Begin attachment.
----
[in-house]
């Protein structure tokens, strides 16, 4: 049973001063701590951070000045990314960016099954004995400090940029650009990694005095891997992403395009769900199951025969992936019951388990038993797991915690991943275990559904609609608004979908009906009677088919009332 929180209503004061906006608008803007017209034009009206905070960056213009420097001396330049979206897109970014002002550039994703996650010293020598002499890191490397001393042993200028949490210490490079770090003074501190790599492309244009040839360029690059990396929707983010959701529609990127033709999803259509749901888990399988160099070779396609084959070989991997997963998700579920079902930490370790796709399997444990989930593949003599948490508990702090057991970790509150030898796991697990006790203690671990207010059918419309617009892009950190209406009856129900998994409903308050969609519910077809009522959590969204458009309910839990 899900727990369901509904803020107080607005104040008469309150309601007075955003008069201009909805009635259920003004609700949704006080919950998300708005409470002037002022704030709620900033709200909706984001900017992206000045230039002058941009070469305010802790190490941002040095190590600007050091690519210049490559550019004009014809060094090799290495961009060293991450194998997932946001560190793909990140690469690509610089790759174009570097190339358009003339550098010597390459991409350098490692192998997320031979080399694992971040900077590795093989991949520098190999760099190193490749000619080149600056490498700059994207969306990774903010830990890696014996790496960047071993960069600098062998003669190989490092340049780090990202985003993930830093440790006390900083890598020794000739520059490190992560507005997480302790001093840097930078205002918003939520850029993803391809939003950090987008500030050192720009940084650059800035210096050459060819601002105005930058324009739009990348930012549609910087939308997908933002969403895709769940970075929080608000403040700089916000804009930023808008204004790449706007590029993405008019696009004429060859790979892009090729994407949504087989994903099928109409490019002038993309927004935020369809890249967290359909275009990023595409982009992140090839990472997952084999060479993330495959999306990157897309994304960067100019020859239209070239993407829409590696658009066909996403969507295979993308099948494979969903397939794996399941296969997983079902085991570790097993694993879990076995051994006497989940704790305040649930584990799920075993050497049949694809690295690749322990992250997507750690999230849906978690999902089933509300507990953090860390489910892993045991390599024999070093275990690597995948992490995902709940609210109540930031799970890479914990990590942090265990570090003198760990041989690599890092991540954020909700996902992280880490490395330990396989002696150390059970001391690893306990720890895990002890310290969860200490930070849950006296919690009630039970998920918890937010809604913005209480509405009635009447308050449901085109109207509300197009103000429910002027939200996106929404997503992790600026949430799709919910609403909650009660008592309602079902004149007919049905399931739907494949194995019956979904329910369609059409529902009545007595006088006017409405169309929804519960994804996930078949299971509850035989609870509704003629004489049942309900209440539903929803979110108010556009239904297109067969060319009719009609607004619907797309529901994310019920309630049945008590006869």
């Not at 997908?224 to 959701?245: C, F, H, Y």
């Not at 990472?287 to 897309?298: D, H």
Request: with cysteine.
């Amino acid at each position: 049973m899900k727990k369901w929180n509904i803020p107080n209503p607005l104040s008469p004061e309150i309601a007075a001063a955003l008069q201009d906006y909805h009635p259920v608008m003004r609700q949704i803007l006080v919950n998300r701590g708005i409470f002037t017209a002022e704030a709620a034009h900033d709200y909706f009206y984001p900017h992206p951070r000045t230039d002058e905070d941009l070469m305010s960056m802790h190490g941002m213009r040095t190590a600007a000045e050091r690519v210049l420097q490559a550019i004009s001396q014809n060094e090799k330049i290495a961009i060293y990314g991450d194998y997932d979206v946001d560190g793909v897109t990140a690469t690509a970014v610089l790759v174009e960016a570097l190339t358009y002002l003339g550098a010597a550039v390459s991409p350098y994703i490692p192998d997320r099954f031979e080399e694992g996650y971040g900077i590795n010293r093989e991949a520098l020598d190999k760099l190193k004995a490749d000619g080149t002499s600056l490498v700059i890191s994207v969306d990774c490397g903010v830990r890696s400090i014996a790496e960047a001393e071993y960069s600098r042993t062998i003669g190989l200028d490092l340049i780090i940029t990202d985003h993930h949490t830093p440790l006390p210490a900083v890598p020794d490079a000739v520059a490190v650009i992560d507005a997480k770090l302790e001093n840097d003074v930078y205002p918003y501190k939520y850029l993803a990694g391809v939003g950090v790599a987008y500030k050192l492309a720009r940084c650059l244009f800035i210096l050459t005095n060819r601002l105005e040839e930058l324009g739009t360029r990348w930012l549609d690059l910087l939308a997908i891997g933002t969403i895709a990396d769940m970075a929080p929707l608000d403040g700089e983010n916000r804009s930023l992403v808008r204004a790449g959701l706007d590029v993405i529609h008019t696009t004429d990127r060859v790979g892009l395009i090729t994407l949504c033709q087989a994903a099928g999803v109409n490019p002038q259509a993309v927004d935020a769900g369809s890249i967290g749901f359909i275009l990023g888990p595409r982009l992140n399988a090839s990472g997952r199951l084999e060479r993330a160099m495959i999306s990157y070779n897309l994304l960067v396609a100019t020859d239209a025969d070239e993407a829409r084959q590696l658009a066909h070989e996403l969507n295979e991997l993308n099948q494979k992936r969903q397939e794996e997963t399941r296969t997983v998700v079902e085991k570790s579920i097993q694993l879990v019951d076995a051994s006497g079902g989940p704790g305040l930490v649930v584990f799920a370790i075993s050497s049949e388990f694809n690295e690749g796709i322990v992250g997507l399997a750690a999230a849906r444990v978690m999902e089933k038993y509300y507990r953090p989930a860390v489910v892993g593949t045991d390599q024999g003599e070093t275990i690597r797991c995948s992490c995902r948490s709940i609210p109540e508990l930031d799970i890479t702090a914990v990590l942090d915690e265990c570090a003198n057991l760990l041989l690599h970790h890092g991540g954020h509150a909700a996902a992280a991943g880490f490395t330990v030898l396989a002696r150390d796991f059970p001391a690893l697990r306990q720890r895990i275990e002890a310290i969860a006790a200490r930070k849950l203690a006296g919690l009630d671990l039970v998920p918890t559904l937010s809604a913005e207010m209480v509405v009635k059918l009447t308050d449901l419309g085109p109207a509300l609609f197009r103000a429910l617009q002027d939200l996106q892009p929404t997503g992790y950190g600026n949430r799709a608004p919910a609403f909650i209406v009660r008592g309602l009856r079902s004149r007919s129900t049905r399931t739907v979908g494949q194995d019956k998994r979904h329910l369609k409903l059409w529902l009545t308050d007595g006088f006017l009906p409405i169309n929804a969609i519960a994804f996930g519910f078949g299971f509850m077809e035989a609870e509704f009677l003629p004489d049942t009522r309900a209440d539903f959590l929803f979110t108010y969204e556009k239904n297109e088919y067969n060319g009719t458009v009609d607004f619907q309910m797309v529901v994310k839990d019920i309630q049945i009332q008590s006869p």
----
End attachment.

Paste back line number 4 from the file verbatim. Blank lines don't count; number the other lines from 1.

């Not at 990472?287 to 897309?298: D, H």